1
$\begingroup$

The exact quantity of gas needed for a car to complete a single loop around a track is distrubuted among $n$ containers placed along the track. Show that there exists a point from which the car can start with an empty tank and complete the loop by collecting gas from tanks it encounters along the way. Assume that there is no limit to the amount of gas the car can carry.

Here is what I did:

Let the track have length $1$. Let $a_1,a_2,\dots a_n$ denote how much gas each of the $n$ gas containers distributed along the track in that order, clockwise. Note that $\sum_{i=1}^n a_i=1$. Let $d_1,d_2,\dots d_n$ denote the distance between containers $a_1,a_2$, containers $a_2,a_3$, $\dots$ and containers $a_n,a_1$, respectively (i.e. $d_i$ denotes the distance between the gas tanks $a_i$ and $a_{i+1}$, in the clockwise direction). Note that we also have $\sum_{i=1}^n d_i=1$. Now let $A_{k,j}=\sum_{i=j}^{j+k-1} a_i, D_{k,j}=\sum_{i=j}^{j+k-1} d_i$, where indices are taken mod $n$.

We would be done if we could show that there exists a $j$ such that the sequence $a_j,a_{j+1},\dots a_n, a_1, \dots a_{j-1}$ majorizes the sequence $d_j,d_{j+1},\dots d_n, d_1, \dots d_{j-1}$ (i.e. $A_{k,j}\geq D_{k,j}$ for all $1\leq k\leq n$). But I'm not sure how to show this. Also, I'm not even sure that this is true, since after you pick the $a_j$ you start with, you still need to pick which direction (clockwise or counterclockwise) around the circle.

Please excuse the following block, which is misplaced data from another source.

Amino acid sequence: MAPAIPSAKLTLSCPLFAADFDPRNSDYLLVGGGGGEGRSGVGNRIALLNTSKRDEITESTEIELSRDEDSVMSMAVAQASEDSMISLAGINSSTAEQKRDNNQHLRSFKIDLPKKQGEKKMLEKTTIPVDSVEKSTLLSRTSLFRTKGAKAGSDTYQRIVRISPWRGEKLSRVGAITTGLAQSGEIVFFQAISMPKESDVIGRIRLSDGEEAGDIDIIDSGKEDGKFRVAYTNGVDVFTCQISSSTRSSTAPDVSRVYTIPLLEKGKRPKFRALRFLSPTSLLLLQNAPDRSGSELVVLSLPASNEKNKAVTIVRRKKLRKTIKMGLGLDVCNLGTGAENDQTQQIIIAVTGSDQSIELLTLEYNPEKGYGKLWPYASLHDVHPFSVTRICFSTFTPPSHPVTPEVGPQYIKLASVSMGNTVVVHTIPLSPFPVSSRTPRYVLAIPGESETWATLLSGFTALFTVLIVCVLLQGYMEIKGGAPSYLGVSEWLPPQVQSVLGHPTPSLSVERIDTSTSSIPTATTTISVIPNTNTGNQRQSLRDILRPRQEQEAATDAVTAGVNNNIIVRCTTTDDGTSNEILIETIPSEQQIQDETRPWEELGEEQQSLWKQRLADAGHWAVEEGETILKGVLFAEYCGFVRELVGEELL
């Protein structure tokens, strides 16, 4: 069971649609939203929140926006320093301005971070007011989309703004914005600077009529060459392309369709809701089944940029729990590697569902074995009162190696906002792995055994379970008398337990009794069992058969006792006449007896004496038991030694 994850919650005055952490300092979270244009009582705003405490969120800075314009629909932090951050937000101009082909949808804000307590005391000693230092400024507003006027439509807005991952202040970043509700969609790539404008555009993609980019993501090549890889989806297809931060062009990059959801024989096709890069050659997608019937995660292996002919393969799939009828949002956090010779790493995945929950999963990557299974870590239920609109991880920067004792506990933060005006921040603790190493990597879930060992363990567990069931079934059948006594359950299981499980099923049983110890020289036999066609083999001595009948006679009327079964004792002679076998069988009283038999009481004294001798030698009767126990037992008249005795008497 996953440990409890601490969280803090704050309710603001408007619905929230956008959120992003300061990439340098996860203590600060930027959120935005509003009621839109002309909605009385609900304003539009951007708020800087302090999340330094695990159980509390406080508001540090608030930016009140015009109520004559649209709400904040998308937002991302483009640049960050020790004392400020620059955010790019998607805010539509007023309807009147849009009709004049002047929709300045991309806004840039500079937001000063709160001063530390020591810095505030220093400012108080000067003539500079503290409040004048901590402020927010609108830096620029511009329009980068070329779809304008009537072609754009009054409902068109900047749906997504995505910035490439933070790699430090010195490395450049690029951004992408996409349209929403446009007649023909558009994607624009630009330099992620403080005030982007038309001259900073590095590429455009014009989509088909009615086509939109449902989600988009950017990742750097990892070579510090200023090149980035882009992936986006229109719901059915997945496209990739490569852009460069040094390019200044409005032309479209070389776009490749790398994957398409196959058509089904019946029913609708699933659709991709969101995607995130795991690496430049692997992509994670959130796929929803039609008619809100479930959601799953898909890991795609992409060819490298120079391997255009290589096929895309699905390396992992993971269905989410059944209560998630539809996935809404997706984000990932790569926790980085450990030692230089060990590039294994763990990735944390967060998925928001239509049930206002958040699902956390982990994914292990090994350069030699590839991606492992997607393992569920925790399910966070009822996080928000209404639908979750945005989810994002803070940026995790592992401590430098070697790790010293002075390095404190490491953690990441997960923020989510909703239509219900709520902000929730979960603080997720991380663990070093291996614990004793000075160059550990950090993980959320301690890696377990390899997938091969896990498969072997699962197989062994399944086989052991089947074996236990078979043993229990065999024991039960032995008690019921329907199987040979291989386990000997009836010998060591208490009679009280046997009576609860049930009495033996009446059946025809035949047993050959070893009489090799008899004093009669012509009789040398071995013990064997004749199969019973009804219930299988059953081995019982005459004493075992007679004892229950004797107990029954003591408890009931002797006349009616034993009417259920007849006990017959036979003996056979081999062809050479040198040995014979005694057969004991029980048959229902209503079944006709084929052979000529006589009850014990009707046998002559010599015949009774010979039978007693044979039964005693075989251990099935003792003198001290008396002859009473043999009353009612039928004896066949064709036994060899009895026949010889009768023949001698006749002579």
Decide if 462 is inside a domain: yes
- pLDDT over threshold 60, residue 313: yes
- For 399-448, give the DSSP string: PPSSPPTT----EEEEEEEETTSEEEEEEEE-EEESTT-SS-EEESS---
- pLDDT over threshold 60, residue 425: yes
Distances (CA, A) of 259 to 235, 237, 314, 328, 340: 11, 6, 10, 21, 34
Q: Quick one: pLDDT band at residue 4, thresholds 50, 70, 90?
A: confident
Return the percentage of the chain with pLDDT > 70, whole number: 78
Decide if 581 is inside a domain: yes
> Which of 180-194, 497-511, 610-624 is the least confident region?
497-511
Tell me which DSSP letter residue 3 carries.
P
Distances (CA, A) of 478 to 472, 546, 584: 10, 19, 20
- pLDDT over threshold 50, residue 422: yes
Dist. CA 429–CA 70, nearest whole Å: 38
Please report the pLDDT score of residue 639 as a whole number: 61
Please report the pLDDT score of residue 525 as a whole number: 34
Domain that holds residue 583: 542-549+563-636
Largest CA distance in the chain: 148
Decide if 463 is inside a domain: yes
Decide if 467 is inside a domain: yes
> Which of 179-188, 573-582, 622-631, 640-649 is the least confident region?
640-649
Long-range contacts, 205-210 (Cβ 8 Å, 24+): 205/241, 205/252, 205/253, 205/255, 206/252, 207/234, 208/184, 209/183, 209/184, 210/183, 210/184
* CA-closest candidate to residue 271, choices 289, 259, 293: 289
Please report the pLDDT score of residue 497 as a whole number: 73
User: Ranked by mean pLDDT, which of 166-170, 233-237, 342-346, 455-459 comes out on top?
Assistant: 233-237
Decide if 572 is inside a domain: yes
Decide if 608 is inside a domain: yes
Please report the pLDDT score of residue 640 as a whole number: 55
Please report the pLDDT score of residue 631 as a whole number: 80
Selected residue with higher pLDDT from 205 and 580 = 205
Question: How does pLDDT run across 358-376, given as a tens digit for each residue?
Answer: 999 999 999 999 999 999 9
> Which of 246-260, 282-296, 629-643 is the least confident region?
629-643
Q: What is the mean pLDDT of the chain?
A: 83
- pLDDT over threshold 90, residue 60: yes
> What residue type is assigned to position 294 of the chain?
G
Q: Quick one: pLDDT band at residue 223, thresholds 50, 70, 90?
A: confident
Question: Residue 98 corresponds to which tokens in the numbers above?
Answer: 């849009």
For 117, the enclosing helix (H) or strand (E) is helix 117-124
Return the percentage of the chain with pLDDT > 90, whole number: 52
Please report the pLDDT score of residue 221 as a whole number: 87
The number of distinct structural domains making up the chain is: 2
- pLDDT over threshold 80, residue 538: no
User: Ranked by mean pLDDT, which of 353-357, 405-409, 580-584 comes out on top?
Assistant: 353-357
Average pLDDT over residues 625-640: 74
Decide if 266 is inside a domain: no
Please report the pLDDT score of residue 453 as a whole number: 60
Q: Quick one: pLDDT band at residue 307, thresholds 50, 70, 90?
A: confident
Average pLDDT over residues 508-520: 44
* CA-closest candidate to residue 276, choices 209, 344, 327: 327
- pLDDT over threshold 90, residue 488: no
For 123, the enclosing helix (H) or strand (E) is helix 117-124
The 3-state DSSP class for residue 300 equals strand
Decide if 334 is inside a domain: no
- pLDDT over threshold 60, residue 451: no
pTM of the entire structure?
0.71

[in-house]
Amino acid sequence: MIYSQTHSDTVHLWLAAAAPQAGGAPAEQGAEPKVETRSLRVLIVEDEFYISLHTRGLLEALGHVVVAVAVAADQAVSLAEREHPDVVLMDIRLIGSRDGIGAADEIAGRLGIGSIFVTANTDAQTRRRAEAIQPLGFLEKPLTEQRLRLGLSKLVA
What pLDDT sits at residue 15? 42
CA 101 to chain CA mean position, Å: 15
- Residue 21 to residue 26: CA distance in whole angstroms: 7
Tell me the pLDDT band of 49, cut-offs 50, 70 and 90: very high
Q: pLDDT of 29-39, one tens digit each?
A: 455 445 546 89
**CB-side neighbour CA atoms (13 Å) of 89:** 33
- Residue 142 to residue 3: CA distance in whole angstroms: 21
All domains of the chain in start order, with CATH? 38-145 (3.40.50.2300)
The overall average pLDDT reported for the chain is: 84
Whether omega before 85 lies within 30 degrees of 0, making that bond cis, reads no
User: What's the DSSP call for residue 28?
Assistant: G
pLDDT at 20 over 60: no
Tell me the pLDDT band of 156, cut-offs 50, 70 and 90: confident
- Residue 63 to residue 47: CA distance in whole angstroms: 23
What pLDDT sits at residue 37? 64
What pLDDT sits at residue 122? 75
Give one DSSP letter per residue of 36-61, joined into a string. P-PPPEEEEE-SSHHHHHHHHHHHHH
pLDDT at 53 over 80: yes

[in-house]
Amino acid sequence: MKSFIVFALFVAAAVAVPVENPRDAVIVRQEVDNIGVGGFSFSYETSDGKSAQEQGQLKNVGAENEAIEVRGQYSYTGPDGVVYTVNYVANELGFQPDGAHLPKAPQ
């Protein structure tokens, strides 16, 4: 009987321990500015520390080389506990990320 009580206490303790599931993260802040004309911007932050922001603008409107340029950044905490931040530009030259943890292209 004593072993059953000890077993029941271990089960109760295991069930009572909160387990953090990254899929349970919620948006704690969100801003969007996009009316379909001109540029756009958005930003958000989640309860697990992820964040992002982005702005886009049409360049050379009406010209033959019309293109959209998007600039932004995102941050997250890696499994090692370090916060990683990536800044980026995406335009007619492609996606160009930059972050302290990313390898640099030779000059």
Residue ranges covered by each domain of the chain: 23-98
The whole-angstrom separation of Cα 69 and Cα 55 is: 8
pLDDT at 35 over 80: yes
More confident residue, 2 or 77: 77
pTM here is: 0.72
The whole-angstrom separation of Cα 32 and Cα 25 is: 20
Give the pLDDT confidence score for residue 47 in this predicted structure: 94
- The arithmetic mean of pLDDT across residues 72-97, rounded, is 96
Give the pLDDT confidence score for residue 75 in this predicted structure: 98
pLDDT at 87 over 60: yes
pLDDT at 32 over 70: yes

Does anyone have any ideas on how to do this (or the problem in general?)

$\endgroup$

1 Answer 1

3
$\begingroup$

First, as a thought experiment, start the car at an arbitrary point on the track, with a full tank of gas. Note down how much gas it has left immediately before reaching each container. When it returns to the starting point it will have exactly as much gas as it started with. This means it can keep going round the track indefinitely, as long as someone fills up each container between laps.

Look through your notes and find the lowest amount of gas just before one of the filling points. Stop the experiment and remove that much gas from the tank, and then let the car continue.

The car still keeps going indefinitely, but now whenever it comes to the chosen container it will run dry exactly when it reaches it. Starting at that point it will effectively start with an empty tank and complete the loop with fuel it picks up along the way, as specified.

In the new situation the car can't run dry between two containers, because that would mean that in the original experiment the fuel level just before the next container would have been less than what we removed, which contradicts how we chose the amount to remove.

$\endgroup$

You must log in to answer this question.

Not the answer you're looking for? Browse other questions tagged .